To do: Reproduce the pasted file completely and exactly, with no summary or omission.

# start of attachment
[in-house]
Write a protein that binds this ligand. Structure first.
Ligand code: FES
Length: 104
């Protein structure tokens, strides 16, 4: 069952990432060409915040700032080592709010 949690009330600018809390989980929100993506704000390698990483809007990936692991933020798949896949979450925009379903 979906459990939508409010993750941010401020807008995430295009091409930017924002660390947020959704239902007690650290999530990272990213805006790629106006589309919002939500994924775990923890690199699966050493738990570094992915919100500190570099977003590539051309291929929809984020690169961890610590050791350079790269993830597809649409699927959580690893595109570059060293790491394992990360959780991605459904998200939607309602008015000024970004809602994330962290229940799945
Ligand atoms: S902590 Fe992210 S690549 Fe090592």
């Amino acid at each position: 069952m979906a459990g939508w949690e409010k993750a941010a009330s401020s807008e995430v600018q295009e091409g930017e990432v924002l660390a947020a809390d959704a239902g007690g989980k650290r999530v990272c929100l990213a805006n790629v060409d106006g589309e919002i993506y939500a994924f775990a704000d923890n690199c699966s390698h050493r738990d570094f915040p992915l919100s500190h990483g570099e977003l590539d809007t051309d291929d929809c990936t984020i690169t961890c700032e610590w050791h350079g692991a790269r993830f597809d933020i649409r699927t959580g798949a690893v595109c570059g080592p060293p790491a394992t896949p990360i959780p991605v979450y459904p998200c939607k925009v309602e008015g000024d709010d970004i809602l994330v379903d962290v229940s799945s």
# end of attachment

[in-house]
Write a protein that binds this ligand. Structure first.
Ligand code: FES
Length: 104
């Protein structure tokens, strides 16, 4: 069952990432060409915040700032080592709010 949690009330600018809390989980929100993506704000390698990483809007990936692991933020798949896949979450925009379903 979906459990939508409010993750941010401020807008995430295009091409930017924002660390947020959704239902007690650290999530990272990213805006790629106006589309919002939500994924775990923890690199699966050493738990570094992915919100500190570099977003590539051309291929929809984020690169961890610590050791350079790269993830597809649409699927959580690893595109570059060293790491394992990360959780991605459904998200939607309602008015000024970004809602994330962290229940799945
Ligand atoms: S902590 Fe992210 S690549 Fe090592």
């Amino acid at each position: 069952m979906a459990g939508w949690e409010k993750a941010a009330s401020s807008e995430v600018q295009e091409g930017e990432v924002l660390a947020a809390d959704a239902g007690g989980k650290r999530v990272c929100l990213a805006n790629v060409d106006g589309e919002i993506y939500a994924f775990a704000d923890n690199c699966s390698h050493r738990d570094f915040p992915l919100s500190h990483g570099e977003l590539d809007t051309d291929d929809c990936t984020i690169t961890c700032e610590w050791h350079g692991a790269r993830f597809d933020i649409r699927t959580g798949a690893v595109c570059g080592p060293p790491a394992t896949p990360i959780p991605v979450y459904p998200c939607k925009v309602e008015g000024d709010d970004i809602l994330v379903d962290v229940s799945s």